In New York City, about 1 million apartments are subject to rent control. A simple description of the impact of a price ceiling on rent (administration of the ceiling will vary by city and over time) is that the quantity demanded at the ceiling price, for example, $1,000 per month, exceeds the quantity supplied. In contrast, if an equilibrium price of, say $1,500, were allowed, the quantity supplied would be greater and the quantity demanded would be less; these two quantities would be equal and there would be no shortage of apartments.

The results of the price ceiling are to (a) transfer some producer surplus to consumer surplus and (b) create a deadweight loss or a net loss of consumer and producer surplus. Another possible result of the ceiling is the creation of a “black market” where buyers agree to rent apartments from landlords for greater than the legal price. Because the ceiling reduces quantity supplied, the black market price may exceed the equilibrium price. An externality is a benefit or cost that affects someone not directly involved in the production or consumption of a good or service.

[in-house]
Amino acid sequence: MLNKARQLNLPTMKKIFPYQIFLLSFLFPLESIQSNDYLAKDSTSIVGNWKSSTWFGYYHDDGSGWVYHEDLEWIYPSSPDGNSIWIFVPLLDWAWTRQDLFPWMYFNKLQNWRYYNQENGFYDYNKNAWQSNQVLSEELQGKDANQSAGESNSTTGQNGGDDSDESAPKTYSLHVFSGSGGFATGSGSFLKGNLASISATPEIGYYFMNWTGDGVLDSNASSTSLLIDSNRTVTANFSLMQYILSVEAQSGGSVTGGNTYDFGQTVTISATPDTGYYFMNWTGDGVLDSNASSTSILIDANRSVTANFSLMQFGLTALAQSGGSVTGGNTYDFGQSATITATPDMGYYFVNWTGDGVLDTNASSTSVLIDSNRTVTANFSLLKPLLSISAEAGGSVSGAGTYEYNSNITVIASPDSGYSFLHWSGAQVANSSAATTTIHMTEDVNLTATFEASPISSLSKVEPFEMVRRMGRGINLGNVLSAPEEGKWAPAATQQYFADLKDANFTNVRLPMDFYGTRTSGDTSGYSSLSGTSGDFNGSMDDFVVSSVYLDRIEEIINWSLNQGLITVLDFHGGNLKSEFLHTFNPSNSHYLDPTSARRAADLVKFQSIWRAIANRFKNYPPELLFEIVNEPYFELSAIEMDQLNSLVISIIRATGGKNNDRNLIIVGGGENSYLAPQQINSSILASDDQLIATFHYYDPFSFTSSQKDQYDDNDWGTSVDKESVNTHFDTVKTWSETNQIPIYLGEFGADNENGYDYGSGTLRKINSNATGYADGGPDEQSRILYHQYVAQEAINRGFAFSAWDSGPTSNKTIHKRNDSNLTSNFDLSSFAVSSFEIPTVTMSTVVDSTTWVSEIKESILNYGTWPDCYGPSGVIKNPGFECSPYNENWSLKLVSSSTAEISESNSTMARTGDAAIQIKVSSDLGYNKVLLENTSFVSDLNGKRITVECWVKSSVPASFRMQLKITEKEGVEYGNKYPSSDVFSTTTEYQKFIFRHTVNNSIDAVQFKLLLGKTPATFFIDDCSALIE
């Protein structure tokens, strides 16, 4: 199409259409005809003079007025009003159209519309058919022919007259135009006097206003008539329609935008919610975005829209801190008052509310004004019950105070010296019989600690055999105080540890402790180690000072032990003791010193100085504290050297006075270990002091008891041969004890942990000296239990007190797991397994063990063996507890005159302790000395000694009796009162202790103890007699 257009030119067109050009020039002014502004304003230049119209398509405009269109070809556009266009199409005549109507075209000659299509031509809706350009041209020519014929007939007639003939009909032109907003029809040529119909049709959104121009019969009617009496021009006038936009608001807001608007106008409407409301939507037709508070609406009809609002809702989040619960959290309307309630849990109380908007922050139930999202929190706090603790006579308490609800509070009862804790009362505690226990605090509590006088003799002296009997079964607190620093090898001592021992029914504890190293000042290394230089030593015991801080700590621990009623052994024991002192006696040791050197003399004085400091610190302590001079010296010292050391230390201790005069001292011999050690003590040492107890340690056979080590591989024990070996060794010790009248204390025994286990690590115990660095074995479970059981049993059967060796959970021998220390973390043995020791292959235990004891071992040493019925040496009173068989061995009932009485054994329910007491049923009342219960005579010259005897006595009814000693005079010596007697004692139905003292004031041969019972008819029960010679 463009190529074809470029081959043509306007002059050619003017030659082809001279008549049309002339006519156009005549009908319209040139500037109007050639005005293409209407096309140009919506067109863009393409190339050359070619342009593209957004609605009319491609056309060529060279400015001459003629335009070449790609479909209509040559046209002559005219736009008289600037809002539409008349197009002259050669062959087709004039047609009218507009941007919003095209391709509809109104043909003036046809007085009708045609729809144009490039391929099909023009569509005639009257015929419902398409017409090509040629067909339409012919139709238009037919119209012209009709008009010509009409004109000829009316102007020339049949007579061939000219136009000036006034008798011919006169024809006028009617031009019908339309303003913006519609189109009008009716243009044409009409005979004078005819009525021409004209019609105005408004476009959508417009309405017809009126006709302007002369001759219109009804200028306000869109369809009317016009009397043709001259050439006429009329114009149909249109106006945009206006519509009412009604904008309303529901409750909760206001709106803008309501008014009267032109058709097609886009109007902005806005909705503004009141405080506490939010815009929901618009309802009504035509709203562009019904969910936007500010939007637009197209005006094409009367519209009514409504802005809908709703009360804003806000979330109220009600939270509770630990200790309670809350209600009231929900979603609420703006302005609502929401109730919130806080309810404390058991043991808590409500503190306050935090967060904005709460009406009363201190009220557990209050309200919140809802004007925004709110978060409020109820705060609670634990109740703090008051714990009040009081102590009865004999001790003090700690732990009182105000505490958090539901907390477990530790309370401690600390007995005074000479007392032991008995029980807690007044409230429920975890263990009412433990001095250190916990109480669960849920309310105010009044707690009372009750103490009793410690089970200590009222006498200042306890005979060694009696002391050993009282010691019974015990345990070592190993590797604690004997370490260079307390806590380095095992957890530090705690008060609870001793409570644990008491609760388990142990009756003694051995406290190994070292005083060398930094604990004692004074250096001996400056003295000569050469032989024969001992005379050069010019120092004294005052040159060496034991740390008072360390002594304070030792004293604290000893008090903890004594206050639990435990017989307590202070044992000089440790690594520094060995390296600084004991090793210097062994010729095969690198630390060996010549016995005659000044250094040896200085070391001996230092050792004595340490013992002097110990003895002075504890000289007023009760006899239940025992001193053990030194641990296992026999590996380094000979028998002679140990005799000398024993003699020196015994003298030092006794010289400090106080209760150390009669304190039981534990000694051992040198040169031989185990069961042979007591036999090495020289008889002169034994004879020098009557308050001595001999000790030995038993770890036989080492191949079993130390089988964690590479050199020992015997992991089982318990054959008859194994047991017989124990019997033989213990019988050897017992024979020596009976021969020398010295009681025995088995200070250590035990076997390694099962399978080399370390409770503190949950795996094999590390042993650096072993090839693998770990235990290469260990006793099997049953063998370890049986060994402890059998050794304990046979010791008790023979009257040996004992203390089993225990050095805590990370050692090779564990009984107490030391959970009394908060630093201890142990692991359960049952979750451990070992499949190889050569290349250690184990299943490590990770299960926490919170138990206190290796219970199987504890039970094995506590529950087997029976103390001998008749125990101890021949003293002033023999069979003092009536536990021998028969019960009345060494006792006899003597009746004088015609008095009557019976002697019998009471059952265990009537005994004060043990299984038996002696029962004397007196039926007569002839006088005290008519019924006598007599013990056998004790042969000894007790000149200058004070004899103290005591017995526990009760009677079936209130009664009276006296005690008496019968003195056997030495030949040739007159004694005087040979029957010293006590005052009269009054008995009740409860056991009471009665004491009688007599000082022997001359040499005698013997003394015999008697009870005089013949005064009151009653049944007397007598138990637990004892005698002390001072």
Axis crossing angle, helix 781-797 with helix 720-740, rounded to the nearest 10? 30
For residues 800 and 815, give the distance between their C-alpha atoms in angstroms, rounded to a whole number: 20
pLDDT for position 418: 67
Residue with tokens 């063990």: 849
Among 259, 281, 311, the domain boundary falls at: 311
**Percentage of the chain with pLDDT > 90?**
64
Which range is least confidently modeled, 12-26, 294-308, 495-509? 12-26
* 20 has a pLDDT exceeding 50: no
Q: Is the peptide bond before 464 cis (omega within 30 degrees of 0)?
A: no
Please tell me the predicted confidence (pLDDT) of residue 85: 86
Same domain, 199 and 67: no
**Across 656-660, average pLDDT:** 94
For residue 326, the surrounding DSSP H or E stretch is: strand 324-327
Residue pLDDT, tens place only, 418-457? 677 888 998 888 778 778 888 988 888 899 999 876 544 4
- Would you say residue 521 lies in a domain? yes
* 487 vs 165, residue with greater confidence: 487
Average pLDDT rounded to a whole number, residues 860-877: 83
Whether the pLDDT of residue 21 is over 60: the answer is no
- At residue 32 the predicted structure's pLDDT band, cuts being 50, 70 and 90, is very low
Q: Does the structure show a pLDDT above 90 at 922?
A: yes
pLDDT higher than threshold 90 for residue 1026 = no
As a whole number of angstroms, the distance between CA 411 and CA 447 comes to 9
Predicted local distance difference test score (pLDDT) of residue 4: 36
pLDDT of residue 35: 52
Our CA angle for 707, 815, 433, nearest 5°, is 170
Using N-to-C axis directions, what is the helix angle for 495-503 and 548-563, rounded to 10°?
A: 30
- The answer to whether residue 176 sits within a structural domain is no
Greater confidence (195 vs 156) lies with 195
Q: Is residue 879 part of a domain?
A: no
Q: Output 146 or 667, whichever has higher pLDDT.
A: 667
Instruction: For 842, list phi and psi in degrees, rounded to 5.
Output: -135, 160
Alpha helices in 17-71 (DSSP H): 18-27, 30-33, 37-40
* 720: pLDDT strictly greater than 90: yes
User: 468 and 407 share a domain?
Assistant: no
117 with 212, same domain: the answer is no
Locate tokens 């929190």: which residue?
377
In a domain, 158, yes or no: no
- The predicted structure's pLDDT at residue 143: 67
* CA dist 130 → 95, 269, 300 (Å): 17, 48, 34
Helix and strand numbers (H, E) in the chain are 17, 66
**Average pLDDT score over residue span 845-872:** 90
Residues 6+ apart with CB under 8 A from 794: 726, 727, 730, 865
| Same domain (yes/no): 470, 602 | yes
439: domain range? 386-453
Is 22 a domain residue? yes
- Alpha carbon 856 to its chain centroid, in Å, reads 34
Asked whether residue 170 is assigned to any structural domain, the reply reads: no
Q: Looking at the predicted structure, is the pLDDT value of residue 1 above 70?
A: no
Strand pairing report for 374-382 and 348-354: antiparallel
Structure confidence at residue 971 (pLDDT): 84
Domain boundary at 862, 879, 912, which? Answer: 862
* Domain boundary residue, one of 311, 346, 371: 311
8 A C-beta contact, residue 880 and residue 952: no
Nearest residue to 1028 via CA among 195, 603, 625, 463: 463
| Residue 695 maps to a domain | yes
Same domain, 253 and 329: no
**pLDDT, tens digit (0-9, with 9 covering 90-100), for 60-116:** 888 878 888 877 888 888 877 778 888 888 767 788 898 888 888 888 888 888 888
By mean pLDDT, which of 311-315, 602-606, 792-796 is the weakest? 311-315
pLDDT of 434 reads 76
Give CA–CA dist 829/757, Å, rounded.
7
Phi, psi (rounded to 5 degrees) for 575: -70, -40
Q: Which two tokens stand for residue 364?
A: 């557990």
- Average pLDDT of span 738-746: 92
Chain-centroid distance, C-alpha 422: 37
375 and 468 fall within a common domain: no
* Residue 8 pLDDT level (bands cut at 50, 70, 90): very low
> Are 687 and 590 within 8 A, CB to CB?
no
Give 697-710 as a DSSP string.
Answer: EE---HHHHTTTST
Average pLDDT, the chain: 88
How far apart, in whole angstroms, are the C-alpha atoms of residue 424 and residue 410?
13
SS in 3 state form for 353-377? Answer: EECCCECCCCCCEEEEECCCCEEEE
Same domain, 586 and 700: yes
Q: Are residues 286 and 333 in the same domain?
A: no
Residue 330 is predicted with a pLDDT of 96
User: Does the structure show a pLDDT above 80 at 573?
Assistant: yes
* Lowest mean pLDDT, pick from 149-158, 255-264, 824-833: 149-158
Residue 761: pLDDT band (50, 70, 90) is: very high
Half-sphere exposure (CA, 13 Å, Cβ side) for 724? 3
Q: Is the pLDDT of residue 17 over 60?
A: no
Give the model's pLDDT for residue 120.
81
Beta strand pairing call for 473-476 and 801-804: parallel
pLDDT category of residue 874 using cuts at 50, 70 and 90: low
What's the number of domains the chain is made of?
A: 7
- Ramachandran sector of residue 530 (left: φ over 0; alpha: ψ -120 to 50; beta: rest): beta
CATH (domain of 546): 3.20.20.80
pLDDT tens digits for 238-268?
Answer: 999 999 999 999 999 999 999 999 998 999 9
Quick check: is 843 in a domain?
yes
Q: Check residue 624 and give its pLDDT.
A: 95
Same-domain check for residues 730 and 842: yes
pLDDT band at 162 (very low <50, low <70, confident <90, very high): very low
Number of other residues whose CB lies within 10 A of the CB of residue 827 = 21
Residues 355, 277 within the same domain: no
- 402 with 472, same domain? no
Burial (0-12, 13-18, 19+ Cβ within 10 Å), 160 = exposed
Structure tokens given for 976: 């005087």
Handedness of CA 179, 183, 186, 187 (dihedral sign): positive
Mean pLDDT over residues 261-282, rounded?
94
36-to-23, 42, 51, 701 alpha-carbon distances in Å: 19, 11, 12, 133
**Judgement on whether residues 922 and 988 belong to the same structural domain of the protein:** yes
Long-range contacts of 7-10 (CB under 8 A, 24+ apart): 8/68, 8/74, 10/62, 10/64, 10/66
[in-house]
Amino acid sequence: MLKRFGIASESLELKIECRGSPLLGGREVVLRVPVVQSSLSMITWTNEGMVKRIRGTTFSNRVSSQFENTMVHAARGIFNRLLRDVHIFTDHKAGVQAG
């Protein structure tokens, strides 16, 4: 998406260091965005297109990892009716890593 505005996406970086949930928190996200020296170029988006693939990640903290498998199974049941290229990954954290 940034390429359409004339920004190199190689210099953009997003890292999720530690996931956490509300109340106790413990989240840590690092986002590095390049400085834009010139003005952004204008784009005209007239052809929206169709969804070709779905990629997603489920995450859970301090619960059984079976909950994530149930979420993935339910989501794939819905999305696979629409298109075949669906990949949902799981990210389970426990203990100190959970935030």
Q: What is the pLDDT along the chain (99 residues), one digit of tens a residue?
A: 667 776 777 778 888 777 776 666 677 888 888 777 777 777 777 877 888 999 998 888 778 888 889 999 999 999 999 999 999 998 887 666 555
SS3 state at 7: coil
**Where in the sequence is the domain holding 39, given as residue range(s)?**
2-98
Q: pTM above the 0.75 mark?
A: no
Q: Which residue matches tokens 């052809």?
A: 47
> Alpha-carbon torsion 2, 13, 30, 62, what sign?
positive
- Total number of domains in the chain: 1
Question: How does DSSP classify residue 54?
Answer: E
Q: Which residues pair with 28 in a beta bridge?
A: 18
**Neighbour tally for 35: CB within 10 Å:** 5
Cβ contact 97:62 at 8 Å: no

Negative externalities are costs imposed on non-consenting individuals. Positive externalities are benefits for individuals not directly involved in producing or paying for a good or service. Externalities interfere with the economic efficiency of a market equilibrium since they cause a difference between the private cost of production (the cost borne by the producer of a good or service) and the social cost, or the private benefit from consumption (the benefit received by the consumer of a good or service) and the social benefit.

The social cost is the private cost plus any external cost resulting from production; the social benefit is the private benefit plus any external benefit that results from the consumption of a good or service. When there is a negative externality as the result of production, the market supply curve understates the true (social) cost of production. A supply curve that reflects social costs would lie to the left of the market supply curve. The equilibrium market price occurs where the marginal social cost of production exceeds the marginal benefit to consumers and there is a reduction in economic surplus.